Digital Literacy is Good, but Fluency is Better
Jun 28, 2012 Comment
In their new book, Digital Fluency: Building Success in the Digital Age, Christian Briggs and Kevin Makice offer a roadmap to digital fluency for individuals and organizations.
So what's the difference between digital literacy and digital fluency? According to Briggs and Makice, literacy means you know what tools to use and how to use them, while fluency means you also know when and why to use them. They also offer this core definition: "Digital fluency is the ability to reliably achieve desired outcomes through use of digital technology." Under this definition, fluency also includes the ability to choose the right tools and use multiple tools in combination.
The distinction between literacy and fluency is a very useful framework for thinking about how to survive and thrive in the digital age, and the concept of digital fluency has also been explored by Mitchel Resnick, professor of learning research at the MIT Media Lab. In a 2002 report, Resnick offered the analogy to learning a foreign language:
If someone learned a few phrases so that they could read menus in restaurants and ask for directions on the street, would you consider them fluent in the language? Certainly not. That type of phrase-book knowledge is equivalent to the way most people use computers today. Is such knowledge useful? Yes. But it is not fluency.
To be truly fluent in a foreign language, you must be able to articulate a complex idea or tell an engaging story; in other words, you must be able to 'make things' with language. Analogously, being digitally fluent involves not only knowing how to use technology, but also knowing how to construct things of significance with those tools.
Let's take Resnick's analogy to language fluency just a little deeper, in order to drive home the level of mastery and familiarity that fluency requires. If someone is fluent in a language, not only can they tell a story or convey a complex idea, but they also can effortlessly manipulate language at the level of syntax and vocabulary to help convey meaning more effectively.
What linguists refer to as functional shift is one interesting aspect of fluency. This is when a word that is originally one part of speech is used as another part of speech. Very often, this shift in syntax occurs when a noun is used as a verb (Calvin and Hobbes offers a delightful comic take on this), but all sorts of shifts are possible. Sometimes functional shift takes hold and the new use of the word becomes part of our shared vocabulary. "Disconnect" is now a noun as well as a verb. "Impact" is now a verb as well as a noun (to many people's chagrin). And believe it or not, "to Google" was not always a verb. Swear words tend to offer particular flexibility when it comes to functional shift. Go ahead, take an expletive and run it through its paces as a verb, a noun, and an adjective. I bet you can even turn it into an adverb.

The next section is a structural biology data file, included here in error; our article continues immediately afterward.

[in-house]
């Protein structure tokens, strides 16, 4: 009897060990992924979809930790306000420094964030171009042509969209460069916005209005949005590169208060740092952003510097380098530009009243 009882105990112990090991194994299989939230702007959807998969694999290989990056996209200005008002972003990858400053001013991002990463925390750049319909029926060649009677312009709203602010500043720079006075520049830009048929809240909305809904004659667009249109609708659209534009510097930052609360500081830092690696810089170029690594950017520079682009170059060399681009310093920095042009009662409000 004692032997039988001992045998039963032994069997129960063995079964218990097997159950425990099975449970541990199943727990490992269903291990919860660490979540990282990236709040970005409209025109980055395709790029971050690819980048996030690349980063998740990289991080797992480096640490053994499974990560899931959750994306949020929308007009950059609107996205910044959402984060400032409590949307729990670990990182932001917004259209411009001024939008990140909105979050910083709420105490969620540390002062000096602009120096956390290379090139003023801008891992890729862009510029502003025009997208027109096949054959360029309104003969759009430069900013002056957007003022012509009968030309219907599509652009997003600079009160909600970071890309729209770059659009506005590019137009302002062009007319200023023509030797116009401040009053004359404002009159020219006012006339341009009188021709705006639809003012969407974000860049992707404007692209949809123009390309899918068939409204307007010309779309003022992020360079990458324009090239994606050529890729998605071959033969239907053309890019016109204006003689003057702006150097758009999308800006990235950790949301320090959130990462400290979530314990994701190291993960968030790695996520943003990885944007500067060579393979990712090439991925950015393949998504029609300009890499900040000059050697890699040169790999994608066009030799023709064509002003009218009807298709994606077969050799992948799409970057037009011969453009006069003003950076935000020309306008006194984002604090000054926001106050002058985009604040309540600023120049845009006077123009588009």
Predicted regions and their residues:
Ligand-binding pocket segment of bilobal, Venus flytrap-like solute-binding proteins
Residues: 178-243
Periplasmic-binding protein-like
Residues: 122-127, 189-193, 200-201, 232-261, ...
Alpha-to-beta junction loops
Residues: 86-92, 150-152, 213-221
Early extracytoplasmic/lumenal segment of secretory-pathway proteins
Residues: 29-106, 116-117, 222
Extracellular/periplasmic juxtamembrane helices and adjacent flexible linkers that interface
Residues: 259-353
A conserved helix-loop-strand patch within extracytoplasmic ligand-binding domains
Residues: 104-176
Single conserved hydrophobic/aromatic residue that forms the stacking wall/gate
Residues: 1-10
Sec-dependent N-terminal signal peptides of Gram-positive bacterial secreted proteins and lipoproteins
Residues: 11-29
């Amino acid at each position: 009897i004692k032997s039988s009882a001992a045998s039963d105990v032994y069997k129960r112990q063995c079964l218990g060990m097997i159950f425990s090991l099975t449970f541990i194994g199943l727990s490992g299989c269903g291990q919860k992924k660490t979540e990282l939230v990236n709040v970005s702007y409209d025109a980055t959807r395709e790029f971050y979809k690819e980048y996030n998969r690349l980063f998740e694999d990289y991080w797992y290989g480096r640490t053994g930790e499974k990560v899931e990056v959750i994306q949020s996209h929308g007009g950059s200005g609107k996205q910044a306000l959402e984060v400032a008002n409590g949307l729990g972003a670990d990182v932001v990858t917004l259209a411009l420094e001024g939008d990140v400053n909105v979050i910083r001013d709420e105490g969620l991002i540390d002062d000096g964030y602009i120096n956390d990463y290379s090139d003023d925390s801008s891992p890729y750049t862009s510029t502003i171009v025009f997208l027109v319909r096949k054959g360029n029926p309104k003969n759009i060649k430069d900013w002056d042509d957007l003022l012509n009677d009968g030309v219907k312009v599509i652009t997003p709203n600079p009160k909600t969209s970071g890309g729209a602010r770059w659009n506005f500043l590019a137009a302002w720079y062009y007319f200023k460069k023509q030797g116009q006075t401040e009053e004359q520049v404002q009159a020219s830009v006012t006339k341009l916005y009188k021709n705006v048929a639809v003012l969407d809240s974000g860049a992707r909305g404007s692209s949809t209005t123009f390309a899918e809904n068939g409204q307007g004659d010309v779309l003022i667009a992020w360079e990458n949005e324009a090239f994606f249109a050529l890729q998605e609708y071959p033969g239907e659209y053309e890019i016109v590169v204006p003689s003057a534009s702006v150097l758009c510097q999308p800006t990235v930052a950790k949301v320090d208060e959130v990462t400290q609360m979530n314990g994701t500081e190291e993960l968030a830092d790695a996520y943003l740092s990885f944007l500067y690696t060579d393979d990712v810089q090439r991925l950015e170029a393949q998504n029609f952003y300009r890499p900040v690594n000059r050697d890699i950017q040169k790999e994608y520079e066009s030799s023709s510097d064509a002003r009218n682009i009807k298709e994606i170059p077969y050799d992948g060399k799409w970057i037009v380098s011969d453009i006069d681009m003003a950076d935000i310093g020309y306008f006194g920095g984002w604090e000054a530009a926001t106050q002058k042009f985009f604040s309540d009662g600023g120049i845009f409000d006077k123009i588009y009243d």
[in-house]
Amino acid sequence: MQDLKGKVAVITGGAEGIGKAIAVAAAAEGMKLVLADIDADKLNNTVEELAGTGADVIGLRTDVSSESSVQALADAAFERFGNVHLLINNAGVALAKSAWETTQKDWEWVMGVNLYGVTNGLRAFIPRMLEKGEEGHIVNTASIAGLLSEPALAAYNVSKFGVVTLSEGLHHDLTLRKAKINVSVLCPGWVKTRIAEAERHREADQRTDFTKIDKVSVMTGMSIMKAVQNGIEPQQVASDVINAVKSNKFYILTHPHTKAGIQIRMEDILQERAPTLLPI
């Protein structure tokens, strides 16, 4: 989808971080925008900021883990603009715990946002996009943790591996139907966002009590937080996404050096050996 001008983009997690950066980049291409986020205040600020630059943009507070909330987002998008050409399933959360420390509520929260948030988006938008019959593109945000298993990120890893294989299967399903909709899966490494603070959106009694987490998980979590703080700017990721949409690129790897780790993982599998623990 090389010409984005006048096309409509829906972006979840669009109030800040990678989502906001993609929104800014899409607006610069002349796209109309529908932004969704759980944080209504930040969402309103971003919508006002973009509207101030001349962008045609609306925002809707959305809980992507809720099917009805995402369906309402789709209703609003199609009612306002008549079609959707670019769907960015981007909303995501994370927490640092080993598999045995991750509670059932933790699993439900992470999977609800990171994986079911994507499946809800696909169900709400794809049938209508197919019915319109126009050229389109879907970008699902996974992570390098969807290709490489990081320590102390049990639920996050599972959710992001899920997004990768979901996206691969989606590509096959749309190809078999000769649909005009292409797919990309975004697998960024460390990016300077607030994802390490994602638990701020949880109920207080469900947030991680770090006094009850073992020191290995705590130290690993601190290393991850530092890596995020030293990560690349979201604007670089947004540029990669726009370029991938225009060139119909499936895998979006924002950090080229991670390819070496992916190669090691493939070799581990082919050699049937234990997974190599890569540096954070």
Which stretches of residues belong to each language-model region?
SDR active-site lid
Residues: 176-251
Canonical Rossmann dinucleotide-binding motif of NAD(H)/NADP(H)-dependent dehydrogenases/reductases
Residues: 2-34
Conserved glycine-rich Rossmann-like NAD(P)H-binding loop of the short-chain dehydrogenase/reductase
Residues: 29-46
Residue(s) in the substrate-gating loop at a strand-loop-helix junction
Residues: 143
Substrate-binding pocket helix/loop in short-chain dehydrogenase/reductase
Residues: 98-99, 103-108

Shakespeare was very big on functional shift, partly because Elizabethan English allowed more linguistic freedom than modern English. Many of his numerous neologisms were actually the result of functional shift, some of which entered the language permanently, such as turning "lone" into "lonely." Other Shakespearian shifts are not part of daily vocabulary, but still make immediate sense to any fluent English speaker. Adjective becomes verb when King Lear bemoans: "A father, and a gracious aged man...have you madded." Noun becomes verb, and then the verb takes on a negative prefix, when Richard III is "kinged" and "unkinged." The adverb "backward" becomes an evocative noun when Prospero speaks of the "dark backward and abysm of time."
Fluent language users also regularly employ what linguist Erin McKean called "undictionaried words" in a recent opinion piece for The New York Times. This includes words that have entered the language but that haven't shown up in dictionaries (of which there are many) as well as neologisms. According to McKean, "One thing that shouldn't stop you from using an undictionaried word: worrying about whether it's 'real' or (as Wordnik users like to say) 'madeupical.' All words (aside from unintentional errors and malapropisms) are words at their birth. All you have to decide is whether the word in question is the right one for the job."
This brings us back to the "when" and "why" highlighted by Briggs and Makice in their definition of digital fluency. Functional shift and undictionaried words are just two markers of true fluency. Others include idioms, modulating formality, and the ability to move in and out of regional dialects and vernaculars. With these linguistic examples in mind, the analogy to digital fluency becomes even more powerful. I think the masterful use of digital technology to "reliably achieve desired outcomes" requires something on par with the level of instinct and agility required by functional shift, neologisms, and many other nuanced aspects of language fluency. The point is this: fluency, linguistic or digital, is sophisticated and multi-faceted.
For their purposes, Briggs and Makice are focused on the importance of digital fluency in the workplace: "For success to occur within an organization, the individual digital fluency of everyone from the C-Suite to the part-time worker must be enhanced." Writing a decade ago, Resnick threw an even wider net when he observed, "In the years ahead, digital fluency will become a prerequisite for obtaining jobs, participating meaningfully in society, and learning throughout a lifetime."
The future that Resnick predicted is already upon us. If the United States doesn't figure out a way to facilitate and promote widespread digital fluency, especially in the workplace, we are likely to find ourselves madded and unkinged in the dark backward of time.
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